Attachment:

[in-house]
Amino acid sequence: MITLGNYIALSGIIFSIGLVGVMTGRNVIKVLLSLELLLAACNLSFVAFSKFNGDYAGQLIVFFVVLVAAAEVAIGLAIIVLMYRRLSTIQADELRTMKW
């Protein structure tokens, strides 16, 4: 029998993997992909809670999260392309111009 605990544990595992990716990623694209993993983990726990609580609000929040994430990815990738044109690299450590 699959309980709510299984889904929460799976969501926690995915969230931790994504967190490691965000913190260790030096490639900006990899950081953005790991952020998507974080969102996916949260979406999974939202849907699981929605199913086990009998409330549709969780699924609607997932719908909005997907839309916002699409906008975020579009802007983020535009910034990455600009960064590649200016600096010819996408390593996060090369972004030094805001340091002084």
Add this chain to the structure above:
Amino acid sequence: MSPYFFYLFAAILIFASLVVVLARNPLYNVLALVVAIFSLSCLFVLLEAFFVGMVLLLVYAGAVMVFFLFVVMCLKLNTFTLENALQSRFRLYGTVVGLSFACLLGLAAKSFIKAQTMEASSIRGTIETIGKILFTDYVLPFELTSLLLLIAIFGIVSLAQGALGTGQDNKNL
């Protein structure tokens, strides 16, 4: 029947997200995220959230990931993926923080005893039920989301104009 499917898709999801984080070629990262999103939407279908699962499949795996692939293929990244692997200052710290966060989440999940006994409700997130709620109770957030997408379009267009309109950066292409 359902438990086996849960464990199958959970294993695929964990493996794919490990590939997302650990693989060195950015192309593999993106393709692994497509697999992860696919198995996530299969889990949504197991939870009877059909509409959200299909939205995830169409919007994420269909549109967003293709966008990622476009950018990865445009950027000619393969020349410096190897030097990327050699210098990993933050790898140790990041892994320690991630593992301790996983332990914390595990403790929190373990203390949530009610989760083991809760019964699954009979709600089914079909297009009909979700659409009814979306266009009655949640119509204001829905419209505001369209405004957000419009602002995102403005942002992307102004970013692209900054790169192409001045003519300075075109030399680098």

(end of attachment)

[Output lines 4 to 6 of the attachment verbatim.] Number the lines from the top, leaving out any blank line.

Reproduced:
Add this chain to the structure above:
Amino acid sequence: MSPYFFYLFAAILIFASLVVVLARNPLYNVLALVVAIFSLSCLFVLLEAFFVGMVLLLVYAGAVMVFFLFVVMCLKLNTFTLENALQSRFRLYGTVVGLSFACLLGLAAKSFIKAQTMEASSIRGTIETIGKILFTDYVLPFELTSLLLLIAIFGIVSLAQGALGTGQDNKNL
């Protein structure tokens, strides 16, 4: 029947997200995220959230990931993926923080005893039920989301104009 499917898709999801984080070629990262999103939407279908699962499949795996692939293929990244692997200052710290966060989440999940006994409700997130709620109770957030997408379009267009309109950066292409 359902438990086996849960464990199958959970294993695929964990493996794919490990590939997302650990693989060195950015192309593999993106393709692994497509697999992860696919198995996530299969889990949504197991939870009877059909509409959200299909939205995830169409919007994420269909549109967003293709966008990622476009950018990865445009950027000619393969020349410096190897030097990327050699210098990993933050790898140790990041892994320690991630593992301790996983332990914390595990403790929190373990203390949530009610989760083991809760019964699954009979709600089914079909297009009909979700659409009814979306266009009655949640119509204001829905419209505001369209405004957000419009602002995102403005942002992307102004970013692209900054790169192409001045003519300075075109030399680098």